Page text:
I can remember many, many years ago... I think it was 1st or second year algebra. It was a module on finite series. We went through all the time value of money derivations to the point we could derive them on our own (PV, Sinking fund, FV, annuity...). It was rigorous, but once you understood it, it was pretty trivial.

At the end of the module, our prof showed us how to derive the formula for an indexed annuity. That was pretty hairy, but the punchline he delivered went along these lines....*" All the math we have just slogged through is pretty much useless... none of these formulae relate to the real world. For instance... why should we derive a financial plan and assume that the interest rate is going to be constant? (as we get older, we grow more risk averse and our rate expectation goes down) or why should pmt levels stay constant? Might it not be better to design an annuity which has a higher pmt (adjusted for inflation) in the first 10 years to account for the fact that our lifestyle requirements may take a dip in our latter years? or surely these investment cash flows don't exist in a vacuum. You will need more income in the years prior to 60/65 before your CPP/OAS kick in, or before your loan is paid off... fixed payment (inflation adjusted) annuities don't allow for that. Or how about a planned-for sale of your cottage 10 years out?"*

The time value of money algebra is fine for teaching someone compound interest... the general implications of saving for retirement and subsequently living off the proceeds, but as practical, real life tools, they just don't cut it.

Now for the coupe de grace... Income Tax. The only element which has meaning (to me anyway) is the amount of cash (after tax) available to purchase beer, groceries and gas (as well as the occasional car every 5 years say)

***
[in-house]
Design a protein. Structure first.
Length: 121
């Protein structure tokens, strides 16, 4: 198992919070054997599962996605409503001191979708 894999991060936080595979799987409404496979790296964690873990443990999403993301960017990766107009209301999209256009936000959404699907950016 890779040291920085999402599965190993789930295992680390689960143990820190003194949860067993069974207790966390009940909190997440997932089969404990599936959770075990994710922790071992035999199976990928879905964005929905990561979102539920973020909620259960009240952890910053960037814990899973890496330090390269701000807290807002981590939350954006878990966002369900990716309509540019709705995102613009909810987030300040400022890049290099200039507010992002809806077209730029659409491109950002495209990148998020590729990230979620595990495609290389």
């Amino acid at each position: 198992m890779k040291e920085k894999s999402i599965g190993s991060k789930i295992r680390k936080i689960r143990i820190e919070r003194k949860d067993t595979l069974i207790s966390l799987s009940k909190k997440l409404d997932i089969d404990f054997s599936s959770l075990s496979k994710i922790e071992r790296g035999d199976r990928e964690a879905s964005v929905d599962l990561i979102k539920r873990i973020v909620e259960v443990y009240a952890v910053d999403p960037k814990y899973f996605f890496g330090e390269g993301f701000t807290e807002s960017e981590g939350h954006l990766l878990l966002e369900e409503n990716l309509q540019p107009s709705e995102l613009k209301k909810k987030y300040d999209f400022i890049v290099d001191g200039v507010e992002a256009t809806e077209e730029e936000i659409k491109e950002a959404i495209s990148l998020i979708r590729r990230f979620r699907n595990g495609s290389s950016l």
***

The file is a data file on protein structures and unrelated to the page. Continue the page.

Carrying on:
The above-mentioned math will not solve that problem for the principal reason that the income tax formula is not linear... it is a complex calculation involving discrete tax brackets (indexed to inflation) age credits, loan interest deductibility, dividend tax credits.... it is a nightmare.

Why is it a nightmare, given that many of us still do our T1 by hand, you ask? Simple... the tax formula was designed to work from the top down, whereas for the purpose of financial planning, we need to start at the bottom (net income) and drive the T1 backwards. The simple question... *"how much should I draw from my RRSP such that I net (after tax) exactly $30,000?"*... sounds easy, but it isn't. Now throw in the reality that tax on our RRSP withdrawal doesn't live in a vacuum... we are taxed on investment growth on capital outside of our RRSP, maybe even at the dividend rate. We are receiving additional taxable income from CPP, a pension, an annuity. This is absolutely impossible to solve with even the most convoluted set of time-value-of-money formulae.

Thankfully, there is a way to solve these kinds of problems... recursion math. The way you would solve that simple 'how much to draw from my RRSP to return $30K after tax?' question can be done by hand. You simply continually shovel RRSP withdrawals into a T1 program until you get close to the answer. It can be time consuming... trial and erroring 10 , 20, 100 times until the exact $30K drops out, but it is do-able.

Before the modern day computer arrived, this would have been the way to solve the 'reverse tax' problem, but now, the computer allows us to solve the 'needs-based' (after tax driven) tax accurate financial planning problem quickly and easily. The bad news, is that spreadsheets are not sufficiently fast or flexible, however using a procedural language (C++, Basic, Fortran, ...) *will* solve the problem and allow it to converge in a reasonable (several seconds) period of time.

Sorry to ramble on like this, but is is kind of my life's (well the last 15 years anyway) work. I get sort of passionate about it.